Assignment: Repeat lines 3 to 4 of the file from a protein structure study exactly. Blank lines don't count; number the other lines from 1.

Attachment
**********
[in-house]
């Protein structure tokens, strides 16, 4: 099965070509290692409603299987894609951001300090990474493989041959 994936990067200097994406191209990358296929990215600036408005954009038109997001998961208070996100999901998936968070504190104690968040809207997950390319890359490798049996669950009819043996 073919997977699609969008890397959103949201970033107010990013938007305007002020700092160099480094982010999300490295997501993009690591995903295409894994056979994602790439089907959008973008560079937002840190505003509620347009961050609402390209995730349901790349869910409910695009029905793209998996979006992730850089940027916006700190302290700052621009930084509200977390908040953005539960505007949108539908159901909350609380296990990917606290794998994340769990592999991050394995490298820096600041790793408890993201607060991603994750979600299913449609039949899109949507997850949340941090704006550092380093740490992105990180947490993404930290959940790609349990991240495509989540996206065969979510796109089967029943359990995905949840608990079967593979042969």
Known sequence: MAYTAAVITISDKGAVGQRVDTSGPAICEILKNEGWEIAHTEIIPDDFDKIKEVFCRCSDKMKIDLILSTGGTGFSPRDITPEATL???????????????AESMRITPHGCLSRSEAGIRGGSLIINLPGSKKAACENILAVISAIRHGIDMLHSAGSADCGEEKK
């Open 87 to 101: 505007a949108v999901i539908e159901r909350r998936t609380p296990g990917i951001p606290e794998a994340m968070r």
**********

Known sequence: MAYTAAVITISDKGAVGQRVDTSGPAICEILKNEGWEIAHTEIIPDDFDKIKEVFCRCSDKMKIDLILSTGGTGFSPRDITPEATL???????????????AESMRITPHGCLSRSEAGIRGGSLIINLPGSKKAACENILAVISAIRHGIDMLHSAGSADCGEEKK
């Open 87 to 101: 505007a949108v999901i539908e159901r909350r998936t609380p296990g990917i951001p606290e794998a994340m968070r």